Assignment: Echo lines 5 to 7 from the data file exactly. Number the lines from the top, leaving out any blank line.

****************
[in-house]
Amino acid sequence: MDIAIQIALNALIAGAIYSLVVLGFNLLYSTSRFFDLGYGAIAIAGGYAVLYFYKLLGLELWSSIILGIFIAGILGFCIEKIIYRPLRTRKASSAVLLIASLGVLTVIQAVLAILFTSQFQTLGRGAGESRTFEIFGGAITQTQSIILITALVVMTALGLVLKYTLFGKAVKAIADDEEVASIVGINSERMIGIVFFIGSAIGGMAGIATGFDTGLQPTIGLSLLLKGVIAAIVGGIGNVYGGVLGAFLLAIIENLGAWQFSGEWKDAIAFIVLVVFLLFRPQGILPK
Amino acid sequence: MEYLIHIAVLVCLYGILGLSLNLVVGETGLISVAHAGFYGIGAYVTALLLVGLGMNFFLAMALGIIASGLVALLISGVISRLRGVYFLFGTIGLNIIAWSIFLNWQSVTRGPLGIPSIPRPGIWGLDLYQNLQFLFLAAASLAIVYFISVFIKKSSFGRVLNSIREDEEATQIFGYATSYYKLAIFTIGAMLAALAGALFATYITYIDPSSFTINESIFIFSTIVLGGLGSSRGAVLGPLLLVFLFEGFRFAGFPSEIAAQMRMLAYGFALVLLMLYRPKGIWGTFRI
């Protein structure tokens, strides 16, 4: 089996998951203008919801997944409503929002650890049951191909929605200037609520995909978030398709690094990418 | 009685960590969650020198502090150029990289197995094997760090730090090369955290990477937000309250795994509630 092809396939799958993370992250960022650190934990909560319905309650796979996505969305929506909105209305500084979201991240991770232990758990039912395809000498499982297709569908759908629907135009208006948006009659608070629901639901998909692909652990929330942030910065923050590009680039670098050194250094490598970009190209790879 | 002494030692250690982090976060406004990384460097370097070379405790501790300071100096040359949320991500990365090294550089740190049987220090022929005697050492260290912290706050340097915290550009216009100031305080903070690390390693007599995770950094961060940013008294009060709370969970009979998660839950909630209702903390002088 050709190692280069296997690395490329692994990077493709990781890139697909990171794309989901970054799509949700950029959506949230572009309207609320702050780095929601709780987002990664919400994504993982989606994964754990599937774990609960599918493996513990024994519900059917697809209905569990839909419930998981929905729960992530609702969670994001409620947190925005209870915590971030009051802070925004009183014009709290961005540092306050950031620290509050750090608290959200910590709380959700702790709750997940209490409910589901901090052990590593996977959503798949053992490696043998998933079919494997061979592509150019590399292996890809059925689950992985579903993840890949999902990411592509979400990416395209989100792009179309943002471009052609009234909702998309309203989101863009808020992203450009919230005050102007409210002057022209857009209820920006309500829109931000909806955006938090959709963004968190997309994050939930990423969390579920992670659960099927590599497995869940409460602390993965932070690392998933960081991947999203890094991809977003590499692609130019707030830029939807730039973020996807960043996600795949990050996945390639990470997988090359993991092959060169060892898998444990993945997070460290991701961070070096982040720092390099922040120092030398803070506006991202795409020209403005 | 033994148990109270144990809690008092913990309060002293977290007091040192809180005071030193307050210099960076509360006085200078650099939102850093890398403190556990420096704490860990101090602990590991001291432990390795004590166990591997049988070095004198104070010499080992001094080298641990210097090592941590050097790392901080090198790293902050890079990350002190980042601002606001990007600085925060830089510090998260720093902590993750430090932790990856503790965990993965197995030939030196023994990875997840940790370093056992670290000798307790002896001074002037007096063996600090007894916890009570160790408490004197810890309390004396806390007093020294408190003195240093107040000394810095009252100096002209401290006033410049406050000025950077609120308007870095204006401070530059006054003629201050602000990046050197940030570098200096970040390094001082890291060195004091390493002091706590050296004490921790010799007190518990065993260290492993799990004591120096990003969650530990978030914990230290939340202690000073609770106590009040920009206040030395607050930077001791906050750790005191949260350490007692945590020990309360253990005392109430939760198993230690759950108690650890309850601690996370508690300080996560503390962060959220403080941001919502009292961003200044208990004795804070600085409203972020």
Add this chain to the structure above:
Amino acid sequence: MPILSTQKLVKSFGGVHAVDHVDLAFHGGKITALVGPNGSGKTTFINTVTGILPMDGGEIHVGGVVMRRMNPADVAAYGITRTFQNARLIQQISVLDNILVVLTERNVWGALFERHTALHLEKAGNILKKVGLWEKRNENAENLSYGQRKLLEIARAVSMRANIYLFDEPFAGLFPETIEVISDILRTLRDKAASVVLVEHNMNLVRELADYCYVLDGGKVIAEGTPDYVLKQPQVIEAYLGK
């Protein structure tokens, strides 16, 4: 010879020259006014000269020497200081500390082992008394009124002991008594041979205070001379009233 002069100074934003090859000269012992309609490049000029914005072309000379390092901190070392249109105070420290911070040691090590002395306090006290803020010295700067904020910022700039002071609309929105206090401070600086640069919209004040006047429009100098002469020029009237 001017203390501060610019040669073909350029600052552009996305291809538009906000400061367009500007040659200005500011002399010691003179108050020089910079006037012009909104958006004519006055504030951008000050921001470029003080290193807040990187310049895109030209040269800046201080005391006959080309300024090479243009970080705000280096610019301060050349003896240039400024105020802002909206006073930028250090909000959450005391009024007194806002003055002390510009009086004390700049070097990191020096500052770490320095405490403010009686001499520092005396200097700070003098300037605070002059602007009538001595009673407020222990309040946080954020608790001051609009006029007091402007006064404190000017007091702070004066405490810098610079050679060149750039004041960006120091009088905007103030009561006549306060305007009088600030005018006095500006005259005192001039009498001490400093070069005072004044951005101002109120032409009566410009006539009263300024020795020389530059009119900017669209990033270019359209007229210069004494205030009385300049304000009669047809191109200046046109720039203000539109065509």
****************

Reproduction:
Add this chain to the structure above:
Amino acid sequence: MPILSTQKLVKSFGGVHAVDHVDLAFHGGKITALVGPNGSGKTTFINTVTGILPMDGGEIHVGGVVMRRMNPADVAAYGITRTFQNARLIQQISVLDNILVVLTERNVWGALFERHTALHLEKAGNILKKVGLWEKRNENAENLSYGQRKLLEIARAVSMRANIYLFDEPFAGLFPETIEVISDILRTLRDKAASVVLVEHNMNLVRELADYCYVLDGGKVIAEGTPDYVLKQPQVIEAYLGK
């Protein structure tokens, strides 16, 4: 010879020259006014000269020497200081500390082992008394009124002991008594041979205070001379009233 002069100074934003090859000269012992309609490049000029914005072309000379390092901190070392249109105070420290911070040691090590002395306090006290803020010295700067904020910022700039002071609309929105206090401070600086640069919209004040006047429009100098002469020029009237 001017203390501060610019040669073909350029600052552009996305291809538009906000400061367009500007040659200005500011002399010691003179108050020089910079006037012009909104958006004519006055504030951008000050921001470029003080290193807040990187310049895109030209040269800046201080005391006959080309300024090479243009970080705000280096610019301060050349003896240039400024105020802002909206006073930028250090909000959450005391009024007194806002003055002390510009009086004390700049070097990191020096500052770490320095405490403010009686001499520092005396200097700070003098300037605070002059602007009538001595009673407020222990309040946080954020608790001051609009006029007091402007006064404190000017007091702070004066405490810098610079050679060149750039004041960006120091009088905007103030009561006549306060305007009088600030005018006095500006005259005192001039009498001490400093070069005072004044951005101002109120032409009566410009006539009263300024020795020389530059009119900017669209990033270019359209007229210069004494205030009385300049304000009669047809191109200046046109720039203000539109065509």